The one difference between the models I used and those proposed by Buyse et al. is that I modeled the baseline risk in each trial as a fixed effect rather than as random intercepts like so:

bform <- bf(s_events | trials(n) #Surrogate outcome
            ~ 
              0 + #No intercept
              trial + #Model trial-specific baseline risk as a fixed effect
              ttt + #Model the average effect of treatment on surrogate outcomes
              (0 + ttt|p|trial)) + #Add random effects to model variation in treatment effects on the surrogate outcome
  bf(t_events | trials(n) #Repeat but for the true outcome
     ~
       0 + trial + ttt + (0 + ttt|p|trial))
#The "p" in the above formula tells brms to model the correlation between treatment effects on the surrogate and true outcomes

I did this because (please correct me if I’m wrong) the use of trial random intercepts as suggested by Buyse and colleagues may introduce some (probably small) amount of bias in estimated treatment effects if A) treatment allocations were unequal and B) baseline risks vary across trials (https://onlinelibrary.wiley.com/doi/10.1002/bimj.200900074).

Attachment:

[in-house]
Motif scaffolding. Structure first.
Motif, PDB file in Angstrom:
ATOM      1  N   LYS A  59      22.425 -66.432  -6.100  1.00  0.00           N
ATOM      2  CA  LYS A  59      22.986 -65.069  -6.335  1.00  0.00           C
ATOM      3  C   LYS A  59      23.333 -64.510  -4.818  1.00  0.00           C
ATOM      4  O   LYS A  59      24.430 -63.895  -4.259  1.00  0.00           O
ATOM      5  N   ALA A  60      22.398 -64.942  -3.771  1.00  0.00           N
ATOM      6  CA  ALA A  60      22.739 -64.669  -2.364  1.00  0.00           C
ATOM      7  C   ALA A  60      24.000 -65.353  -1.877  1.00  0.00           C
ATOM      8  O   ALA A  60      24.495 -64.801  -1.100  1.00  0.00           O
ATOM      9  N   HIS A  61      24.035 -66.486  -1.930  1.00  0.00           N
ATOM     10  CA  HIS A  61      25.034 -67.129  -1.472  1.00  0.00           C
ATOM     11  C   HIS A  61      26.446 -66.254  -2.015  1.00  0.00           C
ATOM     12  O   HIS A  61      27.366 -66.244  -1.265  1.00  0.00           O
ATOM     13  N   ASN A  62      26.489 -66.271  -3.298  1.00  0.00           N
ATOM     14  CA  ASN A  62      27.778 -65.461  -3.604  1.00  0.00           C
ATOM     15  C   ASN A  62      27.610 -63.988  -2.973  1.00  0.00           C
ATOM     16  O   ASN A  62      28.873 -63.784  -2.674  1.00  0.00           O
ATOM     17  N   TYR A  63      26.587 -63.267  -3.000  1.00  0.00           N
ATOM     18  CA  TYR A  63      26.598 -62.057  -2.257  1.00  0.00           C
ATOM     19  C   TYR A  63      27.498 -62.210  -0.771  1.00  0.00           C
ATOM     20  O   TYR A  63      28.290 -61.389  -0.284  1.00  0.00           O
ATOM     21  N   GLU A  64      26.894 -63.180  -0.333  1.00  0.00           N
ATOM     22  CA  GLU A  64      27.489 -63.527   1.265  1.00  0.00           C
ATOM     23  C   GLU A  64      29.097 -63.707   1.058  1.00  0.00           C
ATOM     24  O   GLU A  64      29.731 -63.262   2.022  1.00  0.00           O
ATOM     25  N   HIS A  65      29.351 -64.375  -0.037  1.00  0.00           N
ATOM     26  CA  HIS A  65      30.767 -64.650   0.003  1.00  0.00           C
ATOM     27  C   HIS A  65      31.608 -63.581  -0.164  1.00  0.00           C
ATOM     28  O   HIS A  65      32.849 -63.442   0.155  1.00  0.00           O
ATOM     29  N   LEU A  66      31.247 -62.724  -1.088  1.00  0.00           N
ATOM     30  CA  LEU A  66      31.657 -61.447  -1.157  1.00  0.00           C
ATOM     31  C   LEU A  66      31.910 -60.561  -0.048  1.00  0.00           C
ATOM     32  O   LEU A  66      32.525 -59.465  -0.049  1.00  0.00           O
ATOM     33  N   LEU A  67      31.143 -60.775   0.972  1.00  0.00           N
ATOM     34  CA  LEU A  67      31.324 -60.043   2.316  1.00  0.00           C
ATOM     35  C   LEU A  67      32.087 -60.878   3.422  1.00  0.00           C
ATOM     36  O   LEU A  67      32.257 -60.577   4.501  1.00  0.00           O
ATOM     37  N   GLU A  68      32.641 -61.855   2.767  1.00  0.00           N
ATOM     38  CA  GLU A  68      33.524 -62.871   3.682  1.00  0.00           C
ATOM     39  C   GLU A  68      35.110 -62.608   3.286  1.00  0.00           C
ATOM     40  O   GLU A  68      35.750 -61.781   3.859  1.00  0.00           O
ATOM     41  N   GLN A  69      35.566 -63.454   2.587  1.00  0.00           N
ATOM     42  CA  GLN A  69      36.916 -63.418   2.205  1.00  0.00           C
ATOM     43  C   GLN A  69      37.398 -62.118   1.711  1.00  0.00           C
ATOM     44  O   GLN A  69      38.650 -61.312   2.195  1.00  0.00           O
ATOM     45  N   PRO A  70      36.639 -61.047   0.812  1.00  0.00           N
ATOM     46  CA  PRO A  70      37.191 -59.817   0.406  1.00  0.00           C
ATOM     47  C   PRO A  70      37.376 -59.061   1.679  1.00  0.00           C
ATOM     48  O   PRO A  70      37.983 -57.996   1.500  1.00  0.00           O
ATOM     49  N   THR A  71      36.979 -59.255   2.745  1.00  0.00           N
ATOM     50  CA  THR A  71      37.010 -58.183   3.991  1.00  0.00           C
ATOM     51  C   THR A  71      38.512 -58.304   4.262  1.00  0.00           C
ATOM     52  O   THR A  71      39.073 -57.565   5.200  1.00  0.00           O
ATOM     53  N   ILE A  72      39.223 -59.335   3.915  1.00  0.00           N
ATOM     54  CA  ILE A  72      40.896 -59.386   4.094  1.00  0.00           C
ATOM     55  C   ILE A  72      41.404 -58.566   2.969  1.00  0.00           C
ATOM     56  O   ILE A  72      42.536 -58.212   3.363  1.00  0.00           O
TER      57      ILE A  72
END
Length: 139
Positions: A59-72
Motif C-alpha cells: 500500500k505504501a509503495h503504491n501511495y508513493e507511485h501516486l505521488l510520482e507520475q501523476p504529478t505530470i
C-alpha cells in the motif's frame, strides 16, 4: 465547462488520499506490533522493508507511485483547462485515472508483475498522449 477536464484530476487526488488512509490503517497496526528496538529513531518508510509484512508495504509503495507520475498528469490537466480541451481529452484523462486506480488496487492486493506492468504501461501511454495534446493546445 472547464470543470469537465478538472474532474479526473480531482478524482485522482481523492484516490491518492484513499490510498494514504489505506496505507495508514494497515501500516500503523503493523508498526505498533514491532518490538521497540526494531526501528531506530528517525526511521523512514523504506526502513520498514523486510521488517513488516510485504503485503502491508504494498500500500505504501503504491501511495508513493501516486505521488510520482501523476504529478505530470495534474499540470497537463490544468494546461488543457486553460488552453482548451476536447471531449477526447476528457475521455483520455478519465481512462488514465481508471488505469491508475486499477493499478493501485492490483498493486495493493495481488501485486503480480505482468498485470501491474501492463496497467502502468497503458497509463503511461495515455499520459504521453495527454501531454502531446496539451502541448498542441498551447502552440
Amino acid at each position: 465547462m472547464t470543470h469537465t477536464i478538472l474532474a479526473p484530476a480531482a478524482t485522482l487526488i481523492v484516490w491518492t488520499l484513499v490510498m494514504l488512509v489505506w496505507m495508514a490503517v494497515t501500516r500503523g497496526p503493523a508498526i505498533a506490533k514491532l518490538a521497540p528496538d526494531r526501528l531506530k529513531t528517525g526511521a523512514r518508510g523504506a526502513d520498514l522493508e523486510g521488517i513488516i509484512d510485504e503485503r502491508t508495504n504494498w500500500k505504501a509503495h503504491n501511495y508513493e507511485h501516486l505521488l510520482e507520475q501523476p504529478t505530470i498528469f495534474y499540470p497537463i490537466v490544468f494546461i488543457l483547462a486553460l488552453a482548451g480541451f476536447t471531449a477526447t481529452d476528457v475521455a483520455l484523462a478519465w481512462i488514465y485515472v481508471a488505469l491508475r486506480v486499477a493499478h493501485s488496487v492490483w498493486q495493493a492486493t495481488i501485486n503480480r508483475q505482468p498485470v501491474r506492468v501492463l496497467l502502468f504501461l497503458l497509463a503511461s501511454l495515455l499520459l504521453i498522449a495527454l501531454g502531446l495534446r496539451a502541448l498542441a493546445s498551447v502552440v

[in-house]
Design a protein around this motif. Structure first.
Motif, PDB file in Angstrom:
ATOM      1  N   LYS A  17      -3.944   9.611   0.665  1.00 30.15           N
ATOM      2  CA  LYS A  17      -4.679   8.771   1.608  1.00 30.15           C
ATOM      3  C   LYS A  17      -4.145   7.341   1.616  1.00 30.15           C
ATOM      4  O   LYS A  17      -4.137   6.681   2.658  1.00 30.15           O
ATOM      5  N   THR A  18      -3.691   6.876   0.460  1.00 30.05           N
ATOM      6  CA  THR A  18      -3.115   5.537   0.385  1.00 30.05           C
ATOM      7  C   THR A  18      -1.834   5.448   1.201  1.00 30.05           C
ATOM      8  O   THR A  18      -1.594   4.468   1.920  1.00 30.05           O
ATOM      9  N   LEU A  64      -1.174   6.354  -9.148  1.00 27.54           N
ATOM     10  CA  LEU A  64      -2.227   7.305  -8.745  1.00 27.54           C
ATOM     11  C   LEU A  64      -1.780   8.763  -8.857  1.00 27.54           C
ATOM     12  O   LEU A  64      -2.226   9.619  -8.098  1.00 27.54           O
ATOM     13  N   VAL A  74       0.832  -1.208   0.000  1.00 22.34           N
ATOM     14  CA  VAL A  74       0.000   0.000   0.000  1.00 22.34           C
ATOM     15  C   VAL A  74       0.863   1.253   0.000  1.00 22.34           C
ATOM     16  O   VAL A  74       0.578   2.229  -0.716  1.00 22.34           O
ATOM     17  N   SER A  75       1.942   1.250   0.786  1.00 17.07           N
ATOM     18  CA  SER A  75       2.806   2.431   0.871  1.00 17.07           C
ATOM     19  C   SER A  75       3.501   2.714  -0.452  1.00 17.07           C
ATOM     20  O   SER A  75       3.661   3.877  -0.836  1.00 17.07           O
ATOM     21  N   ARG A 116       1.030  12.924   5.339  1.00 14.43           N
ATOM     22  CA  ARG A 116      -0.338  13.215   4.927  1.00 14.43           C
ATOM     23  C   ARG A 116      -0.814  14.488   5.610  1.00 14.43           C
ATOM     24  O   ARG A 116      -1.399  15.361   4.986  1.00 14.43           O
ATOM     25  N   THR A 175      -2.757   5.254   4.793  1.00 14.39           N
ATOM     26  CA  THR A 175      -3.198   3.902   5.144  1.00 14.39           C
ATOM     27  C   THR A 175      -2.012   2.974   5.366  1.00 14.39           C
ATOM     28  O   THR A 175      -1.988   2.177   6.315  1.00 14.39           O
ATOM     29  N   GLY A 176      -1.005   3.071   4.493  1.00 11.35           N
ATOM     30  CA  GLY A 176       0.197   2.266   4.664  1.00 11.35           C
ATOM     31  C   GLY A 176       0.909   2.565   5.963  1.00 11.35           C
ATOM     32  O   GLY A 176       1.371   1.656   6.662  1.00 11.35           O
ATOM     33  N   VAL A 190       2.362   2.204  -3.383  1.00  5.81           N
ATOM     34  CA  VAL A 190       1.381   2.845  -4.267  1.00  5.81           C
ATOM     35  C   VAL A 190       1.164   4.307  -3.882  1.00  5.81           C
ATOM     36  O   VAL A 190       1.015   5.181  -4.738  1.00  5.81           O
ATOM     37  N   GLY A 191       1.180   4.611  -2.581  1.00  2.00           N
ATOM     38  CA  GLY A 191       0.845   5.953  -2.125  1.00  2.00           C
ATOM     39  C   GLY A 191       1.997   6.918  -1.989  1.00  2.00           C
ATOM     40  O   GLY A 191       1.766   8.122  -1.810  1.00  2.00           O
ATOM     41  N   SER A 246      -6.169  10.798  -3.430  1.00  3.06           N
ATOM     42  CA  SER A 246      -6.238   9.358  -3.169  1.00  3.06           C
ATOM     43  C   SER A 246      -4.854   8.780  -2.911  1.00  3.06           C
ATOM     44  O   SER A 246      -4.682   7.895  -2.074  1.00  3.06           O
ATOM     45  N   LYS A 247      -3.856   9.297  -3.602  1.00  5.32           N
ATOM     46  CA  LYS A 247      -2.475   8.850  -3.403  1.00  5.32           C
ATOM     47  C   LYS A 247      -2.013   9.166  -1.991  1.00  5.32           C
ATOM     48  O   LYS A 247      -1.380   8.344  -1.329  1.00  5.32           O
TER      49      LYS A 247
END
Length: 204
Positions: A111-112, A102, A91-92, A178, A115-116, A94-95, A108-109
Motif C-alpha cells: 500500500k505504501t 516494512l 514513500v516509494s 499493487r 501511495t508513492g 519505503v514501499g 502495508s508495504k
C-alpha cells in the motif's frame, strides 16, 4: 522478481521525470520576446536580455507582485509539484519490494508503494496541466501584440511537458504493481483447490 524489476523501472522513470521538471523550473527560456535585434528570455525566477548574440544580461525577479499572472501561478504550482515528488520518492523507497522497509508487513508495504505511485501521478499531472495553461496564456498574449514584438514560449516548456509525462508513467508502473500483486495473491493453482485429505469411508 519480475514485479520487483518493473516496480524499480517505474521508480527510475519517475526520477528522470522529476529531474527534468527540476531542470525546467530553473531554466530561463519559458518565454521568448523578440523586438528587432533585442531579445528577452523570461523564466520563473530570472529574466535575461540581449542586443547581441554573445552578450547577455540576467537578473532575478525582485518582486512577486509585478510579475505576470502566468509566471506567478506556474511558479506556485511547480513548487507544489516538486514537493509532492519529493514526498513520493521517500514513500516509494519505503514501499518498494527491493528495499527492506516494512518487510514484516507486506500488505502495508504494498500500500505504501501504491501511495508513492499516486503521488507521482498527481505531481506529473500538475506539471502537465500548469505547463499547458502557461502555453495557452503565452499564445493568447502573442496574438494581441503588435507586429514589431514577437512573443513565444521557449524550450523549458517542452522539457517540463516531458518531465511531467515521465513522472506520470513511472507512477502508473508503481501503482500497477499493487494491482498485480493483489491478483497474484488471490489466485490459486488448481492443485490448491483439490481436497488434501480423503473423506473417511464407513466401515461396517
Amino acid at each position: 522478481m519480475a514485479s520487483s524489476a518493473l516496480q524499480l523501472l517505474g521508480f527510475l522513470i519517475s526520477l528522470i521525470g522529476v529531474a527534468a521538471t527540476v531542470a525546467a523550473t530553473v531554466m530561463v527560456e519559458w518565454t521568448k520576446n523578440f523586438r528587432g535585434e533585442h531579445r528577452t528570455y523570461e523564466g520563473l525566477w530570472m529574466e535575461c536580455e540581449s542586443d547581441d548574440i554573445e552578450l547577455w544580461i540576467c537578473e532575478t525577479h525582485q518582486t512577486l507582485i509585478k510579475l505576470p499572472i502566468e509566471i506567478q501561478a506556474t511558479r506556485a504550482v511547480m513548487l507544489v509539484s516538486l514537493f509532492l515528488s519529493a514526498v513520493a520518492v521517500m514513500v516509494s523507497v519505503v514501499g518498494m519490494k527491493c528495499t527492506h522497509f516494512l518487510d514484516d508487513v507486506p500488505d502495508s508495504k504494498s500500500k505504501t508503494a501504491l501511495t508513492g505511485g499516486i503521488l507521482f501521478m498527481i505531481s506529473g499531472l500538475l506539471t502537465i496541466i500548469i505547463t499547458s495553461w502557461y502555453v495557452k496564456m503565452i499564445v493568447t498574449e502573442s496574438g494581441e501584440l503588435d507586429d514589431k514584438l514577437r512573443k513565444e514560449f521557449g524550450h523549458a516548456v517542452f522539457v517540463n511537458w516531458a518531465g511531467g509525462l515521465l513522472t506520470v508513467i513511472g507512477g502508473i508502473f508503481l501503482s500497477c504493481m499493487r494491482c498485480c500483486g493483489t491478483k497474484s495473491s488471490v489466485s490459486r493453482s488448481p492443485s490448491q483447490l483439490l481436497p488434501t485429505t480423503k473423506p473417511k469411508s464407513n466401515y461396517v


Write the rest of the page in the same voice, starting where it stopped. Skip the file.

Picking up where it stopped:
In case anyone needs to do something similar using brms, I’ve attached an example below
where I simulate some data, fit the model, and compute some quantities that may be of interest in an analysis like this.

#Load data.table
require("data.table")
require("dplyr")
#We will generate 40 two-armed trials.
#First, simulate a range of different trial baseline risks and trial sizes
trial_s_baseline_risk <- runif(40, 0.1, 0.4) #Baseline risk for surrogate outcome
trial_t_baseline_risk <- runif(40, 0.4, 0.7) #Baseline risks for true outcome
trial_n <- sample(1000, 40) #N of patients per trial

#Put everything into a data.table
bdata <- data.table(
  ttt = c(0, 1) %>% rep(each = 40), #Treatment arms
  trial = (1:40) %>% rep(times = 2) %>% factor, #Trial ID
  n = trial_n %>% rep(2), #Assume equal N in control/treatment arm
  s_events = rbinom(80, trial_n %>% rep(2), trial_s_baseline_risk), #N of patients experiencing a surrogate event
  t_events = rbinom(80, trial_n %>% rep(2), trial_t_baseline_risk) #N of patients experiencing a true event
  
)

#Load brms
require("brms")
#Build our formula
bform <- bf(s_events | trials(n) #Surrogate outcome
            ~ 
              0 + #No intercept